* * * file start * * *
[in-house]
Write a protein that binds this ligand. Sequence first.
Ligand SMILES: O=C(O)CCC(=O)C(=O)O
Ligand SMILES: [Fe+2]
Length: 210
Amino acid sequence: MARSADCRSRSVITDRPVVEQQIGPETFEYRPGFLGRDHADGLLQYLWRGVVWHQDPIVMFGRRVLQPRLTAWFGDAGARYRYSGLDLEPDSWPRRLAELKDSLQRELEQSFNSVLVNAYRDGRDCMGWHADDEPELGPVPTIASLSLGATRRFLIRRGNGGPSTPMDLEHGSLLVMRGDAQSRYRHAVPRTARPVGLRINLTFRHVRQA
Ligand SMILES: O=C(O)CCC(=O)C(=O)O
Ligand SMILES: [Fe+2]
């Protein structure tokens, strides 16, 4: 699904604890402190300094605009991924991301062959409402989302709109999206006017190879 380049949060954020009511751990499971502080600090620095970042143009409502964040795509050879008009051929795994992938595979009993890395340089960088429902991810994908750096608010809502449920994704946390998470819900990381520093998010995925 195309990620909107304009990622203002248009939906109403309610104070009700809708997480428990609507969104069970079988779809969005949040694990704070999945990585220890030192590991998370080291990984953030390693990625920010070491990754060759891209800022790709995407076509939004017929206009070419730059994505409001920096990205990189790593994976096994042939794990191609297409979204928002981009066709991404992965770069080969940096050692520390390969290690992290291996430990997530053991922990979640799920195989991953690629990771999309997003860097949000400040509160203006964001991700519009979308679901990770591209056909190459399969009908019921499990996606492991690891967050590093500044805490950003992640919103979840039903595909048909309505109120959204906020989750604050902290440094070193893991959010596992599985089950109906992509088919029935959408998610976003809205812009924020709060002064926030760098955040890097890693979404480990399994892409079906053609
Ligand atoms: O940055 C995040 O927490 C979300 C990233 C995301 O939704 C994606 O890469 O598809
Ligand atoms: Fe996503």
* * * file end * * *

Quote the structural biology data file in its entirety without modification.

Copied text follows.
[in-house]
Write a protein that binds this ligand. Sequence first.
Ligand SMILES: O=C(O)CCC(=O)C(=O)O
Ligand SMILES: [Fe+2]
Length: 210
Amino acid sequence: MARSADCRSRSVITDRPVVEQQIGPETFEYRPGFLGRDHADGLLQYLWRGVVWHQDPIVMFGRRVLQPRLTAWFGDAGARYRYSGLDLEPDSWPRRLAELKDSLQRELEQSFNSVLVNAYRDGRDCMGWHADDEPELGPVPTIASLSLGATRRFLIRRGNGGPSTPMDLEHGSLLVMRGDAQSRYRHAVPRTARPVGLRINLTFRHVRQA
Ligand SMILES: O=C(O)CCC(=O)C(=O)O
Ligand SMILES: [Fe+2]
């Protein structure tokens, strides 16, 4: 699904604890402190300094605009991924991301062959409402989302709109999206006017190879 380049949060954020009511751990499971502080600090620095970042143009409502964040795509050879008009051929795994992938595979009993890395340089960088429902991810994908750096608010809502449920994704946390998470819900990381520093998010995925 195309990620909107304009990622203002248009939906109403309610104070009700809708997480428990609507969104069970079988779809969005949040694990704070999945990585220890030192590991998370080291990984953030390693990625920010070491990754060759891209800022790709995407076509939004017929206009070419730059994505409001920096990205990189790593994976096994042939794990191609297409979204928002981009066709991404992965770069080969940096050692520390390969290690992290291996430990997530053991922990979640799920195989991953690629990771999309997003860097949000400040509160203006964001991700519009979308679901990770591209056909190459399969009908019921499990996606492991690891967050590093500044805490950003992640919103979840039903595909048909309505109120959204906020989750604050902290440094070193893991959010596992599985089950109906992509088919029935959408998610976003809205812009924020709060002064926030760098955040890097890693979404480990399994892409079906053609
Ligand atoms: O940055 C995040 O927490 C979300 C990233 C995301 O939704 C994606 O890469 O598809
Ligand atoms: Fe996503």